We have experienced recent malicious credit card testing attacks against our Civi/Joomla/Stripe site's Contribute pages. How have others successfully deterred such attacks?
- CiviCRM 5.52.2
- Joomla! 3.10.11
- Stripe Processor 6.7.10
We use a publicly accessible Civi Contribute page for donations. Up until these attacks yesterday, Joomla login was not required for a user to submit a donation payment on this page. Ideally, we would like to remove the login requirement again to provide a seamless path to donation for non-members.
Our publicly accessible Civi Contribute donation page started receiving invalid $2 charge attempts at a frequency of ~1 charge per second. Stripe successfully identified these as spam and thankfully blocked every charge (10k+ individual charges).
The frequency of requests to the web server brought the site to a crawl. Accessing the web GUI for Civi and Joomla was nearly impossible. The database also spun up to consume 95% of our available CPU while attempting to handle the queries associated with each malicious charge attempt.
Using Stripe Radar and the Apache access logs, we determined that the attackers were using rotating IP addresses (many hundred per hour).
What we did (in order):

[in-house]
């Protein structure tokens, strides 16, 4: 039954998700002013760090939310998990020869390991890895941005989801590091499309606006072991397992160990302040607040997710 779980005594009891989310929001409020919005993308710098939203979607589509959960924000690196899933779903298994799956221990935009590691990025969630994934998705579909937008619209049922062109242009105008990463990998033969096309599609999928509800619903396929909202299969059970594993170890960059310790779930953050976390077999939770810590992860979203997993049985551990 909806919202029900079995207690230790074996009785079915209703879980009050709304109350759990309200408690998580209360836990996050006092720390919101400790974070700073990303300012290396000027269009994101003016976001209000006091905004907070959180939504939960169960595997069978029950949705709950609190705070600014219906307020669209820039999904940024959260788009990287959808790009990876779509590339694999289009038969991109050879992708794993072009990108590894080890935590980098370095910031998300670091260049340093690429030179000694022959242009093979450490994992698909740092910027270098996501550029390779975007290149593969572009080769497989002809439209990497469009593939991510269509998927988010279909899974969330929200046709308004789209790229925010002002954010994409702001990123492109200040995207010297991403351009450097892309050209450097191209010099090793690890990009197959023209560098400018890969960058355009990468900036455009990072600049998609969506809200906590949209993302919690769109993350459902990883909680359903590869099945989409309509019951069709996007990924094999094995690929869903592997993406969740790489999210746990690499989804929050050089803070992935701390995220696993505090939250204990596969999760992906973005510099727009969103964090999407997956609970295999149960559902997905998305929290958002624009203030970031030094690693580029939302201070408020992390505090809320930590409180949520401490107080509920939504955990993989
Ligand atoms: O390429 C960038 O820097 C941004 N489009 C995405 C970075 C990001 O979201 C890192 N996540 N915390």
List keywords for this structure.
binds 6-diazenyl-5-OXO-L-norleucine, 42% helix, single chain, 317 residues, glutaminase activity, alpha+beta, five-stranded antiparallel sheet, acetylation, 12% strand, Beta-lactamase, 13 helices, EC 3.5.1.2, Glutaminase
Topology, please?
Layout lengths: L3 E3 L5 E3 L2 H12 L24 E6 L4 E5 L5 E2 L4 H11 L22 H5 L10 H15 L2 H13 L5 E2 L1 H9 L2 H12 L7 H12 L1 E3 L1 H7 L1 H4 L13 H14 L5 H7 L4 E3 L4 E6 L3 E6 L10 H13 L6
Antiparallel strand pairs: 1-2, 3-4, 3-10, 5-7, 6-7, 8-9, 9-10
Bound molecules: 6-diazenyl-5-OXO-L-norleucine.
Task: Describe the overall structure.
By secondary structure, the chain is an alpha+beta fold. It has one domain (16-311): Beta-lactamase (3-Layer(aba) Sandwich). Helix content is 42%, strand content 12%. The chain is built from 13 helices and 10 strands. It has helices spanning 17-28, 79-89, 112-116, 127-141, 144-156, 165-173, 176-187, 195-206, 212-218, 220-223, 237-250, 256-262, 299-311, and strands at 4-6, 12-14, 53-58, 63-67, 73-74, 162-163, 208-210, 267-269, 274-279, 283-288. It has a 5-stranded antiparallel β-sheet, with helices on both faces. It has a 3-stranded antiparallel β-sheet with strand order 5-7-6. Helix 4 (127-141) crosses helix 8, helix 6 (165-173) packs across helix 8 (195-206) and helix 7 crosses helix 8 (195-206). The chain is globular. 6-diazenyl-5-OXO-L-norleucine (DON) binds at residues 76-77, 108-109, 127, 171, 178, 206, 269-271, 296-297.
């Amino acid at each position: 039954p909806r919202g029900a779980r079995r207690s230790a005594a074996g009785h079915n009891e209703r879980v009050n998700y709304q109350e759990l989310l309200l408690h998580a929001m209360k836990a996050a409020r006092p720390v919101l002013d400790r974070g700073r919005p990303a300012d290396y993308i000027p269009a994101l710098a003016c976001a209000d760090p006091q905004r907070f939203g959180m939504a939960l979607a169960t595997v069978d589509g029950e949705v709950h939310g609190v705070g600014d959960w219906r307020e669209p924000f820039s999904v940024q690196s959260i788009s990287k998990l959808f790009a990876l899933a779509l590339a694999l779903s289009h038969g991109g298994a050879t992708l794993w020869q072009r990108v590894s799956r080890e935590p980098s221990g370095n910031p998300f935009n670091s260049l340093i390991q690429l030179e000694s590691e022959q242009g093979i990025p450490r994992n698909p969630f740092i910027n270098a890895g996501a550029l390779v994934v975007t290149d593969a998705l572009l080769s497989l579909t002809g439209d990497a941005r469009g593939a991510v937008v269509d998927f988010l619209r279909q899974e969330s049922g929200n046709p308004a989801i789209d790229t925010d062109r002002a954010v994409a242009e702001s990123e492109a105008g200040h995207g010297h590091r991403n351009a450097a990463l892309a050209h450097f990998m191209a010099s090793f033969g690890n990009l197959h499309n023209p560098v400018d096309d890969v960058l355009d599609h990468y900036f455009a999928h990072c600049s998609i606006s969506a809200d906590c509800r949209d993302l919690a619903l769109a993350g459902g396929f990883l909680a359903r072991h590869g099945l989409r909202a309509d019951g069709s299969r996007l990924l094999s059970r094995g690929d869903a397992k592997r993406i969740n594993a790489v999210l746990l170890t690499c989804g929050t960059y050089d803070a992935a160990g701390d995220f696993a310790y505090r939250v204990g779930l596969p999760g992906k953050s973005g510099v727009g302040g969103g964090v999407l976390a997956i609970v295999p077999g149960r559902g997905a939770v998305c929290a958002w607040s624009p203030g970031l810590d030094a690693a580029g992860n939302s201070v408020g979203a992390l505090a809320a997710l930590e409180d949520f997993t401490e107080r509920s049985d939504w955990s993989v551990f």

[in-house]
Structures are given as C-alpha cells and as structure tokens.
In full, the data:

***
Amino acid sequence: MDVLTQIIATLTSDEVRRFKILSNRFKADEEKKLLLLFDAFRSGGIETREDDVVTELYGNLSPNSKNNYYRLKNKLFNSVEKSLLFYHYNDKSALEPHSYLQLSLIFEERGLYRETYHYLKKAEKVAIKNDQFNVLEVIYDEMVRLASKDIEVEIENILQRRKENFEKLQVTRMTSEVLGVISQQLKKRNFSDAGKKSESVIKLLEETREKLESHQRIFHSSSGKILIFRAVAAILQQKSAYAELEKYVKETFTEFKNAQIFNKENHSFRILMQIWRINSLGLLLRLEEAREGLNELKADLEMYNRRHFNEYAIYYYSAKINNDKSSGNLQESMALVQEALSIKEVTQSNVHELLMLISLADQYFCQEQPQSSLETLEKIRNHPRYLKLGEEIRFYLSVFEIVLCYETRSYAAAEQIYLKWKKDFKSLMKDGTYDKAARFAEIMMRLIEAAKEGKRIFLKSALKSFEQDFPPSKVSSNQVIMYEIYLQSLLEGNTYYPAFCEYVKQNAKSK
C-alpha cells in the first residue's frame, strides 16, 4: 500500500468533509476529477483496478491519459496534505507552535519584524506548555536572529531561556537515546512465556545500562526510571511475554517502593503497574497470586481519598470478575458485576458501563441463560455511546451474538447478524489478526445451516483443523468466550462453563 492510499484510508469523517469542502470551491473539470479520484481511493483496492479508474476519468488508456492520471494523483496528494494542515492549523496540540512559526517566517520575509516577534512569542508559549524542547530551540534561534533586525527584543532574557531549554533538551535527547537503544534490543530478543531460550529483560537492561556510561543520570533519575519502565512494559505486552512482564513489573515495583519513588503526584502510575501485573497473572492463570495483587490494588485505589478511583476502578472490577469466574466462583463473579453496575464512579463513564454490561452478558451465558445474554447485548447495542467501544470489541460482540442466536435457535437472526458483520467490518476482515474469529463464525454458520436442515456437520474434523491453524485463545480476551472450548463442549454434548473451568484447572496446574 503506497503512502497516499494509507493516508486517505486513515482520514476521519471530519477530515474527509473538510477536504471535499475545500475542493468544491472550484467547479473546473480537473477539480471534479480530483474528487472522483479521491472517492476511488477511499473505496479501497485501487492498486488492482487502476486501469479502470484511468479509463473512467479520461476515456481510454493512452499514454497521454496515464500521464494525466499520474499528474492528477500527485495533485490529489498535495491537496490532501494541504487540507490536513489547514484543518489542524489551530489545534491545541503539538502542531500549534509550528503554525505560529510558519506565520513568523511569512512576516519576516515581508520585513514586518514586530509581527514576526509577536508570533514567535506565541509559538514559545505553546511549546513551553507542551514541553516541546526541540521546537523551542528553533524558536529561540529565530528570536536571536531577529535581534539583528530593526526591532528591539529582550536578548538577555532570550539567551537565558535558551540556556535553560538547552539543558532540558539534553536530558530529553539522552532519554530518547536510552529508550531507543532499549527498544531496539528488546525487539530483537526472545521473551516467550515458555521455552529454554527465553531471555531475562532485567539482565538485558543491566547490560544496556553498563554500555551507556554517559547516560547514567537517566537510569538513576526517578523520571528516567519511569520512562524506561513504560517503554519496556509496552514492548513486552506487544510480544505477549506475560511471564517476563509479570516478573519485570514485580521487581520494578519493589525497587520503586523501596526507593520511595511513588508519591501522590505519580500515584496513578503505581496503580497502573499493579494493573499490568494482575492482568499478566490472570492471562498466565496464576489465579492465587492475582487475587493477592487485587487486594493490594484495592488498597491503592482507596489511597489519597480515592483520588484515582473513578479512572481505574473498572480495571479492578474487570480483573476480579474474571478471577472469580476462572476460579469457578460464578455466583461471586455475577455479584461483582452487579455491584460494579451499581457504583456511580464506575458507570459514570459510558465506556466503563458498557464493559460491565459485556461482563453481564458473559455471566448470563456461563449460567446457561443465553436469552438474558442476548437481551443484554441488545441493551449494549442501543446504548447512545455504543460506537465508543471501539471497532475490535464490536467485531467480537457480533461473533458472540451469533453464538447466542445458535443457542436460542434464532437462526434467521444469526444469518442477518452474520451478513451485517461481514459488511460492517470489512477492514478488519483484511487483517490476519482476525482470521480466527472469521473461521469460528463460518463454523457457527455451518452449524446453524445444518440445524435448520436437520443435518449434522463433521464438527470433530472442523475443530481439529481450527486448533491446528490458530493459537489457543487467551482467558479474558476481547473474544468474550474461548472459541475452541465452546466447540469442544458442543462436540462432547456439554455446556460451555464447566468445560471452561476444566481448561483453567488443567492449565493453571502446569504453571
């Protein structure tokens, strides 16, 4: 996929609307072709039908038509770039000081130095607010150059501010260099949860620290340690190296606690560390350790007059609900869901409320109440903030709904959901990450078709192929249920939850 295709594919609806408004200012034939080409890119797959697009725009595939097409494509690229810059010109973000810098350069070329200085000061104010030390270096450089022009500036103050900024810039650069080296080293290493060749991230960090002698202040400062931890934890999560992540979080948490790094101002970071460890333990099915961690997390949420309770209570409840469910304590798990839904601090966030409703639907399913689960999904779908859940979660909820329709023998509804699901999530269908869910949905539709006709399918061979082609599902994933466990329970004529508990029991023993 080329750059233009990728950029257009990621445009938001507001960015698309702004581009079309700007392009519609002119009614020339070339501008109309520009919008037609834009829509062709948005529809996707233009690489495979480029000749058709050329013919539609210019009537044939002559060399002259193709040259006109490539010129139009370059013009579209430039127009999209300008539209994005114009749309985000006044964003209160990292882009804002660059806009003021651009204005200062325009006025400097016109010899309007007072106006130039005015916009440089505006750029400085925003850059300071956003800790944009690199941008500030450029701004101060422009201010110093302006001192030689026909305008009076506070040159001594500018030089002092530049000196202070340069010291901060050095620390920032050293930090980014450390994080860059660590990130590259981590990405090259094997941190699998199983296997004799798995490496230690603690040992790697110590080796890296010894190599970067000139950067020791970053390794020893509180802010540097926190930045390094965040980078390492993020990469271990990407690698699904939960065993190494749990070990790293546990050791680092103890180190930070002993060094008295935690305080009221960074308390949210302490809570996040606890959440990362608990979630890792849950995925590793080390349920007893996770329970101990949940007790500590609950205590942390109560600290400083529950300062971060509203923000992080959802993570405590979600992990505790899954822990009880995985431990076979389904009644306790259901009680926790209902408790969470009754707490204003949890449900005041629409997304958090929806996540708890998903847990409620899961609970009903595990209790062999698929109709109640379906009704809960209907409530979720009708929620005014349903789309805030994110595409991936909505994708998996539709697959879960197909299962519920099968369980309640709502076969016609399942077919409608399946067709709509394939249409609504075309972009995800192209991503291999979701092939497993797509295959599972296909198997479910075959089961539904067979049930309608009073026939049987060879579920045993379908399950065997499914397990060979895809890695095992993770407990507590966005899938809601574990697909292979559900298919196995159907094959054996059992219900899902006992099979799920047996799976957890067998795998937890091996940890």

Blocked some of the recurring malicious IPs addresses using our firewall. This did not help, as the attacker just rotated IPs.
Added a reCAPTCHA to the Civi Contribute page. This did not have any effect on the attacks.
Blocked access to the Civi AJAX API using an Apache .htaccess RewriteRule. This stopped the invalid charges from reaching Stripe but also expectedly broke legitimate payment requests.
In the web GUI, modified the Joomla Access Control setting for "CiviCRM: access AJAX API" to only be allowed for logged-in Joomla users.
After blocking non-logged in users from submitting payments we continued to see attack requests at a high frequency for another 3 hours. All those requests were correctly returned a 403 or 500 error. The database took 3 hours to finish processing the queries for the malicious payment attempts.
How have others successfully deterred such attacks? What additional mitigation would folks recommend if want to remove the login requirement from the Contribute page?